I’ve always been hesitant on lenses that are specifically called out as being geared toward non-pros. Take Sigma’s latest Contemporary lenses, for example. These compact lenses are marketed toward the everyday user, and they’re priced to be approachable to the masses.

So when I was offered the chance to review the Sigma 35mm f/2 Contemporary lens for my Sony a7 III, I didn’t exactly have high expectations. But the first time I picked it up … I was very surprised. Not only did the Sigma 35mm exceed my expectations for this type of lens — it exceeded my expectations for any lens at this focal length.

Being someone who had just purchased the Sony 35mm f/1.8 lens, I thought there was no way that the Sigma would beat this native lens by Sony. I was wrong. And now I’m very strongly considering doing a trade for the Sigma lens. It’s a prime example of how third-parties can improve upon native lenses and really knock it out of the park. Between its gorgeous bokeh, compact footprint and autofocus capabilities, the Sigma 35mm f/2 Contemporary is an absolute joy to use.

Beautiful bokeh, stunning image quality

The first few times I used the Sigma 35mm f/2, I was just exploring the world around me. I drove out to Grand Haven, MI and scoured a local park and beach for some review-worthy photographs.

Throughout this, I noticed a couple things. First and foremost, the bokeh is absolutely amazing. It produces circular bokeh in the background without a lot of effort. I noticed this not only while taking low angle beach photographs, but also when focusing on a single element in the park. It looks really, really nice, providing a look that I couldn’t get with my Sony 35mm f/1.8 (no matter how hard I tried).

Secondly, the focusing system is really nice. It’s fast, accurate and just works as you expected. I rarely had a missed shot. Compared to the Sony 35mm f/1.8, I found the Sigma to be a little more reliable. The only downside here is it has a minimum focus distance of 10.6 inches, compared to 8.7 inches on the Sony.


  • Aperture: f/2-22
  • Minimum focus distance: 10.6 inches
  • Optical design: 10 elements in 9 groups
  • Diaphragm blades: 9, rounded
  • Image stabilization: No
  • Weather sealing: Partial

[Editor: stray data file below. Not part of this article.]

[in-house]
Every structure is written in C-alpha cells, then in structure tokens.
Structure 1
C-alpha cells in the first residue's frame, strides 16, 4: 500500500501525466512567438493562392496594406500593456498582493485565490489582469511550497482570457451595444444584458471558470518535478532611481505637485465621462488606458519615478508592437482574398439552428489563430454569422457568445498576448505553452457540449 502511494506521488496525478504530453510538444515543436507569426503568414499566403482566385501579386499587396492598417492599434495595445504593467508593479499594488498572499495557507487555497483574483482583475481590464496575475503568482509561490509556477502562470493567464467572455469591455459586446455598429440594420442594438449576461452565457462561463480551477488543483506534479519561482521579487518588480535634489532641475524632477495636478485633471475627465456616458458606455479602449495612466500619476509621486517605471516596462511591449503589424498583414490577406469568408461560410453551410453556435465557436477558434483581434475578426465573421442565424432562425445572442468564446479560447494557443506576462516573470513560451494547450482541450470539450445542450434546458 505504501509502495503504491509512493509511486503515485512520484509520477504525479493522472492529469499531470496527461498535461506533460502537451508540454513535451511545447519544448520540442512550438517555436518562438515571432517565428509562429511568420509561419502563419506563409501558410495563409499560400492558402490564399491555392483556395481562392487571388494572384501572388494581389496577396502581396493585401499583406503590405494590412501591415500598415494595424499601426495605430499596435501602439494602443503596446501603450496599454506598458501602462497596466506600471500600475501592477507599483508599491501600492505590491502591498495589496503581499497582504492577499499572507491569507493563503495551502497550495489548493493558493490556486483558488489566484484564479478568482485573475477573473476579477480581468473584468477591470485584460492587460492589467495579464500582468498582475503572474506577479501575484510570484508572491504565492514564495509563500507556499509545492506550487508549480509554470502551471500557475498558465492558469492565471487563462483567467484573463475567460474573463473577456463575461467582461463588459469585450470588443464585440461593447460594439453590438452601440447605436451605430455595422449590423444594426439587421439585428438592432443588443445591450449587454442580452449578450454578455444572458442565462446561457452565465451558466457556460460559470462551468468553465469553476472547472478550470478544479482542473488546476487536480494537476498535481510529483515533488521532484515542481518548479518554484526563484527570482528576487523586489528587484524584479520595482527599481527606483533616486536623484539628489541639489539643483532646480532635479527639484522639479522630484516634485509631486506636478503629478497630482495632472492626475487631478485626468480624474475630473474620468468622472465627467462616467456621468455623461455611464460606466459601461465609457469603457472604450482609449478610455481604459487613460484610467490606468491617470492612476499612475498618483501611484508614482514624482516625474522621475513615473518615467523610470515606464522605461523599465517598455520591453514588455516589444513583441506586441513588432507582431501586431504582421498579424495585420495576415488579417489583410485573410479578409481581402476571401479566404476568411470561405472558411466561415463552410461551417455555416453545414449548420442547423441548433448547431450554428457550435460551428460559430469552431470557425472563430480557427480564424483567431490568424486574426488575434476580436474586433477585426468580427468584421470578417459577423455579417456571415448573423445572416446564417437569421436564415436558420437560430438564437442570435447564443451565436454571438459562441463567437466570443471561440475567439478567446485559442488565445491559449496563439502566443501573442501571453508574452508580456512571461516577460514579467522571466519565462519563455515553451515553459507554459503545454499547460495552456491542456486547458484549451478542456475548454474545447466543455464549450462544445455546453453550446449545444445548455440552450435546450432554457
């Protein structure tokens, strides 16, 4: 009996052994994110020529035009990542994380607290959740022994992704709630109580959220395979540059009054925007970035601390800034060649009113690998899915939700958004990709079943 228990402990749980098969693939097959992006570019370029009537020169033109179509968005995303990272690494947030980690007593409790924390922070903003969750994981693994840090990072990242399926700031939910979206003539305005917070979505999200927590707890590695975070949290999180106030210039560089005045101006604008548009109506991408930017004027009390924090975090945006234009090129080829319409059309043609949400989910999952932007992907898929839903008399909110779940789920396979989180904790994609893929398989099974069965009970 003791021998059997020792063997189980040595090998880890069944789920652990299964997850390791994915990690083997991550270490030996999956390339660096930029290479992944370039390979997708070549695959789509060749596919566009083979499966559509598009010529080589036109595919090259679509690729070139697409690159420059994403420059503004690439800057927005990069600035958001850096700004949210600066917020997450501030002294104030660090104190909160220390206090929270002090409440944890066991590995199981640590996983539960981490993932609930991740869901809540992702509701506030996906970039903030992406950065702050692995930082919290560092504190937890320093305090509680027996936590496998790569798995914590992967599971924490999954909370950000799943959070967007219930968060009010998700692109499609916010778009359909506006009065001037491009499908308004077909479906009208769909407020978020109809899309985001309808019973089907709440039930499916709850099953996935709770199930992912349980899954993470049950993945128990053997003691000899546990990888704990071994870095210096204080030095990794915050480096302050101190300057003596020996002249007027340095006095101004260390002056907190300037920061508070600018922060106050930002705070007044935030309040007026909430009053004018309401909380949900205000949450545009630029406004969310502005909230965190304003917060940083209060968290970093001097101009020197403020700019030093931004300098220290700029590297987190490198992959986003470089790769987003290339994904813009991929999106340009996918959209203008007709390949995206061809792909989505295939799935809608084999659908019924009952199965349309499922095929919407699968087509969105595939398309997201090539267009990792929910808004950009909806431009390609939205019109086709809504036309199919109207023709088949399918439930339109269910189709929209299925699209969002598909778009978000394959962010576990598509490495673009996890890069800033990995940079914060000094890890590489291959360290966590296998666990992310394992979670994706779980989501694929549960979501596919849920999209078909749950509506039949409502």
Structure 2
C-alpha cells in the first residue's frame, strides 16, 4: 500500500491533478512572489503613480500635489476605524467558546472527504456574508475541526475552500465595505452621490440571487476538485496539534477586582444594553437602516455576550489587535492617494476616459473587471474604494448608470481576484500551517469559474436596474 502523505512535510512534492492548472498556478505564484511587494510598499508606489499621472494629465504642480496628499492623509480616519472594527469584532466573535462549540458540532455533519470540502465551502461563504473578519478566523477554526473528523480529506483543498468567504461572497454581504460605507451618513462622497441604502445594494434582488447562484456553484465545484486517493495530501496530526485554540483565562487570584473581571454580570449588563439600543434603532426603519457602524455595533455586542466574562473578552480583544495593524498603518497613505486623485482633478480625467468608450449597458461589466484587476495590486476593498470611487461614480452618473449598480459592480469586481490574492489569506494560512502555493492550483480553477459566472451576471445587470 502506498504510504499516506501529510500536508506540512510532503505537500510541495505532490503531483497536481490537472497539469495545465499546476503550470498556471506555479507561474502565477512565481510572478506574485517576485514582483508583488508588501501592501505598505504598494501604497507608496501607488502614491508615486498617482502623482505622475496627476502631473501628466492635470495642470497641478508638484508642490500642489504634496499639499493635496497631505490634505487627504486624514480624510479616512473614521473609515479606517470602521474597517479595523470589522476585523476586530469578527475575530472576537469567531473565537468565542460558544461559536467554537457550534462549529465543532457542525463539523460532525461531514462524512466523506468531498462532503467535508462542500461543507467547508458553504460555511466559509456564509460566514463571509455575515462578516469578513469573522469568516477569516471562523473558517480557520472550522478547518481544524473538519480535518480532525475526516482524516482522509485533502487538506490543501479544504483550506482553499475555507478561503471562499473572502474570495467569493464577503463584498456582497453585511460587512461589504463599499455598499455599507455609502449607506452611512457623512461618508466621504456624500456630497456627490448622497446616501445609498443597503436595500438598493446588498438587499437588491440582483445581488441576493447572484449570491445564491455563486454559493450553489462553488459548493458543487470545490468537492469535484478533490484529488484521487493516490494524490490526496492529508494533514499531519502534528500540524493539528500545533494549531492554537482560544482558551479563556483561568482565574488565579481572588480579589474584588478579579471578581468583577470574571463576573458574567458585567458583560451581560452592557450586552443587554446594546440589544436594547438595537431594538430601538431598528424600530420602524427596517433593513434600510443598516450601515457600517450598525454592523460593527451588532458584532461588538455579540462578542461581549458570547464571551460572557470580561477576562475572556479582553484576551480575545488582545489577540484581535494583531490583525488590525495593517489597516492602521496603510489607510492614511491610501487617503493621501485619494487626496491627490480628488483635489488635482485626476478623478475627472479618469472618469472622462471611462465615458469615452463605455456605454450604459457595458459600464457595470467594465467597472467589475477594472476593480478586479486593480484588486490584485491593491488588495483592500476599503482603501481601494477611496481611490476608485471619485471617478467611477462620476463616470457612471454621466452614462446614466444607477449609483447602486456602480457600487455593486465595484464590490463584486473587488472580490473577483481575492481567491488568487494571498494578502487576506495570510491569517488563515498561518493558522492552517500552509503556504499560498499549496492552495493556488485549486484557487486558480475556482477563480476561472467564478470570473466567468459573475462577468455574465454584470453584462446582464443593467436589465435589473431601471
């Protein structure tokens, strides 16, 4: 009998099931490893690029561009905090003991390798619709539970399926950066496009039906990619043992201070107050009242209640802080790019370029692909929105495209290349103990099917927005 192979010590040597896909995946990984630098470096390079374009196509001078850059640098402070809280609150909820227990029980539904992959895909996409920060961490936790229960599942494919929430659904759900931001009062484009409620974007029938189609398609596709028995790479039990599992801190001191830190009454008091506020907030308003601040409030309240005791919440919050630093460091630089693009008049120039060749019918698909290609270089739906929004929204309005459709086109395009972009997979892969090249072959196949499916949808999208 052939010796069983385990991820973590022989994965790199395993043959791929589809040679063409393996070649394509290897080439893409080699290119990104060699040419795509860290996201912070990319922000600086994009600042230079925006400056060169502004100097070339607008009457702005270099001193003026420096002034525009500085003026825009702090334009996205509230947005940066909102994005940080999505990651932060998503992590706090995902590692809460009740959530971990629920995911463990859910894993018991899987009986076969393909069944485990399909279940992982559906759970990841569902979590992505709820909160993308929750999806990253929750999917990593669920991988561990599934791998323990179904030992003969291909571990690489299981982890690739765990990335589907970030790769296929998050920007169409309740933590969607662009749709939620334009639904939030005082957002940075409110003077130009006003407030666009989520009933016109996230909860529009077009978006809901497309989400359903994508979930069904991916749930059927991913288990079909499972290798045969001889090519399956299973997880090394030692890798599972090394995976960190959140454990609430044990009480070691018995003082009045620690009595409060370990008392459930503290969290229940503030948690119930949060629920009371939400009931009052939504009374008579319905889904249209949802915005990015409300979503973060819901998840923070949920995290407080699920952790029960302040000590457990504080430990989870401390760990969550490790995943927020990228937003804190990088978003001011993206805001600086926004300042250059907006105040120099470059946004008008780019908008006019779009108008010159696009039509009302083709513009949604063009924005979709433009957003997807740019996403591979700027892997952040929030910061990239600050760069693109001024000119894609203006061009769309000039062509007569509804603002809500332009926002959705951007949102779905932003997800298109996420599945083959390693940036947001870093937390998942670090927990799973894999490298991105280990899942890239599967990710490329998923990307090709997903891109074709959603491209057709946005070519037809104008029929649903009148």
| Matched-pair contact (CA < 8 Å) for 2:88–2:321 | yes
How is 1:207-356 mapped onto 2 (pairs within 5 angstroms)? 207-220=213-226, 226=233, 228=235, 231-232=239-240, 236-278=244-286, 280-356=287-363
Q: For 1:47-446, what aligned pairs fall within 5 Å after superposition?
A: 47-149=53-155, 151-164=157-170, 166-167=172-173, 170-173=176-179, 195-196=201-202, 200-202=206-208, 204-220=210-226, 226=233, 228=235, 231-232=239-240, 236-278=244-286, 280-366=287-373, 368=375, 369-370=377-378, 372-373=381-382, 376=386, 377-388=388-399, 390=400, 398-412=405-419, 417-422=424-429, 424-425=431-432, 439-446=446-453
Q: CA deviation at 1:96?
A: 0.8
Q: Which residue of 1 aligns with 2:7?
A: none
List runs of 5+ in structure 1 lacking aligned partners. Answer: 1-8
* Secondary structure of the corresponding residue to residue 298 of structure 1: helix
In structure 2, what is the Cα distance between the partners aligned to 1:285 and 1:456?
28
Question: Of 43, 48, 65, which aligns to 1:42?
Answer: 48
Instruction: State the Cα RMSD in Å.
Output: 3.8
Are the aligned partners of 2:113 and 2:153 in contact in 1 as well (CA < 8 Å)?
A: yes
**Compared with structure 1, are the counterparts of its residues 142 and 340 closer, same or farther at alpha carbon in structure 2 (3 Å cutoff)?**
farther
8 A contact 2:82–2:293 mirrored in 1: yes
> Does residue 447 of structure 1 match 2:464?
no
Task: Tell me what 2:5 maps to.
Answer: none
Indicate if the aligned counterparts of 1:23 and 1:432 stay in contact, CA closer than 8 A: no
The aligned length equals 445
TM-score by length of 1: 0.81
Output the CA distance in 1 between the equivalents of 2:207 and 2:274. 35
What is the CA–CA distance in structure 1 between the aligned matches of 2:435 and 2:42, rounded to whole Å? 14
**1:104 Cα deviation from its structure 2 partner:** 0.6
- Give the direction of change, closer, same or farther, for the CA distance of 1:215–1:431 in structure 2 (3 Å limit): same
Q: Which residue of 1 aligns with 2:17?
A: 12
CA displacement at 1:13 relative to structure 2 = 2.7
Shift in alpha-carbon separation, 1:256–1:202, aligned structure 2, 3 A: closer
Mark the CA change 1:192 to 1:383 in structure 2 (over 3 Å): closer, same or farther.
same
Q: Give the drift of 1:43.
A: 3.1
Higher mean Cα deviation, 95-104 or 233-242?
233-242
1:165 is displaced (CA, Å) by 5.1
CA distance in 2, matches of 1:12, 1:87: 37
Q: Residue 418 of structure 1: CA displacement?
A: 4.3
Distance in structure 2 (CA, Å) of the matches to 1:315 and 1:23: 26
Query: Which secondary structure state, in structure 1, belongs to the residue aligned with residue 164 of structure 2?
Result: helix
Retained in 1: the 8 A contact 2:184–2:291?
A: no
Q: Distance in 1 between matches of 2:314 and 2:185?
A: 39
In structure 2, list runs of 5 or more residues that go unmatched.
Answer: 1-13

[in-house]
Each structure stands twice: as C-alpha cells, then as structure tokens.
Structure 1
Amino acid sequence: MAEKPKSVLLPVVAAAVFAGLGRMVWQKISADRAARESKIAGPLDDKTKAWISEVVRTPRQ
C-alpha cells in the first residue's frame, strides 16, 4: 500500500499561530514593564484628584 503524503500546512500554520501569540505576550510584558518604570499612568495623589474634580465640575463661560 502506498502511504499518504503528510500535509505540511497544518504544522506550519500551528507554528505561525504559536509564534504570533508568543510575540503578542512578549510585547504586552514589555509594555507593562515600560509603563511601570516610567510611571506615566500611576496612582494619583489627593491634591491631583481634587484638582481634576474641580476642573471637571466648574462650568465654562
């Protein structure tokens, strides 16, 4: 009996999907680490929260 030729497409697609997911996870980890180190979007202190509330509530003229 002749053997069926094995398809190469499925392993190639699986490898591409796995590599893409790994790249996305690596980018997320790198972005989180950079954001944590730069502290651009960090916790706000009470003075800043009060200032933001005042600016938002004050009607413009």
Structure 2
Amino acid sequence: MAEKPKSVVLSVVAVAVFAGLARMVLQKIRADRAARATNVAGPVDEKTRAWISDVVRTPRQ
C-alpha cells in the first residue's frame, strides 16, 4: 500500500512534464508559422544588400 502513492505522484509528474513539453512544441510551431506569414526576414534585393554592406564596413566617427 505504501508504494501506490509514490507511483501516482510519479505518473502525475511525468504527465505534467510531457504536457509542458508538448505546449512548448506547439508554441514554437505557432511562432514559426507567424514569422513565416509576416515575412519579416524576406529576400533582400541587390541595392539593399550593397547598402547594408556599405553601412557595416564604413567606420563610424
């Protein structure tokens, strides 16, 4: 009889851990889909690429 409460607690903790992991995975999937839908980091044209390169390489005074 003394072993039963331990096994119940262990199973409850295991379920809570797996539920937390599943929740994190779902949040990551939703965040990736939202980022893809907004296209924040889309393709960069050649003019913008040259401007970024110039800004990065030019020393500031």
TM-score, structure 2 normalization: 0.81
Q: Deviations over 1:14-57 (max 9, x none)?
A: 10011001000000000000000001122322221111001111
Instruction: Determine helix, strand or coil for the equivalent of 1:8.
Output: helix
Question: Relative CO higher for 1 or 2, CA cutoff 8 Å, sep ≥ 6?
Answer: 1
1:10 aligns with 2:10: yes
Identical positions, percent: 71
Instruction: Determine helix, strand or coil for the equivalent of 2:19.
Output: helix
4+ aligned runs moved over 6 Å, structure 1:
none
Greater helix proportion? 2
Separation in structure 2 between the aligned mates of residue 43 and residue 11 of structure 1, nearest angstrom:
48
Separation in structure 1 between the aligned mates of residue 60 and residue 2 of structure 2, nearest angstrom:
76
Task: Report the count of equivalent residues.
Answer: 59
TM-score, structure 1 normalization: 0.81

• Filter size: 58mm
  • Dimensions: 2.8 x 2.7 inches
  • Weight: 11.5 ounces

Does it work for jobs?

For me, the real test was whether or not I could see myself using this for my photo jobs. While I’m primarily a corporate event photographer, I also photograph environmental portraits. Recently I shot a feature that highlighted healthcare heroes during the Covid-19 pandemic. And one of the lenses I relied on for this was the Sigma 35mm f/2.

While I didn’t want quite as shallow of a depth of field, the higher aperture worked flawlessly. Even without the beautiful bokeh at an aperture like f/5.6, I still got a nice separation between my subject and the background.

The photos just had a certain look to them, and this really worked with this magazine feature quite well.

Outside of environmental portraits, I can see this lens working great for things like street photography, low-light photography during events, weddings and more. It’s a very versatile lens, at a focal length that I really, really enjoy using.

A few things I’d like to see

While the Sigma 35mm f/2 is a very nice lens, there’s a few things I would have liked to see. First, the aperture ring. Personally I’ve never really been a fan of these, but I know videographers who swear by them. Because I don’t use aperture rings, I set them to “A” and they stay that way.

But with the 35mm f/2, the aperture ring would rotate on its own when being transported in my backpack. It’s not as tight of a lock on the “A” as I’ve experienced with other lenses like this.

In addition, the aperture ring isn’t declickable, which is a big con for videographers. Sony’s recent prime lens trio (that competes closely with Sigma) offers this, meaning that videographers can have silent operation.

The only other thing? While the 35mm f/2 does have some weather sealing on the mount side, it’s not fully weather-sealed. Still, given its price point, to have any weather sealing is a plus here.

Should you buy it?

I think of the Sigma 35mm f/2 Contemporary like the little brother of the Sigma 35mm f/1.2 lens. Both lenses have gorgeous bokeh and supreme image quality. The f/2 version loses some of the pro features, but as I’ve shown, they aren’t totally necessary.

Compared to the Sony 35mm f/1.8, the Sigma 35mm f/2 certainly holds its own. The Sigma just has a certain look to it, and I have to say that I really, really like that look.

If you’re looking for a compact 35mm lens, the Sigma 35mm f/2 Contemporary is certainly worth considering.

Sigma 35mm f/2 DG DN Contemporary Lens for Sony E

An inherently flexible focal length, the Sony E-mount 35mm f/2 DG DN Contemporary Lens from Sigma is a sleek wide-angle prime pairing a bright design with a portable form factor. The standard wide field of view is useful for a broad array of subject types, including landscape, street, and reportage shooting, and the f/2 maximum aperture excels in challenging lighting and enables greater control over depth of field. In terms of the optical design, three aspherical elements and one SLD element are used to minimize a variety of aberrations and distortion for sharp and accurate rendering. Also, a Super Multi-Layer Coating helps to control ghosting and flare for improved color fidelity and contrast.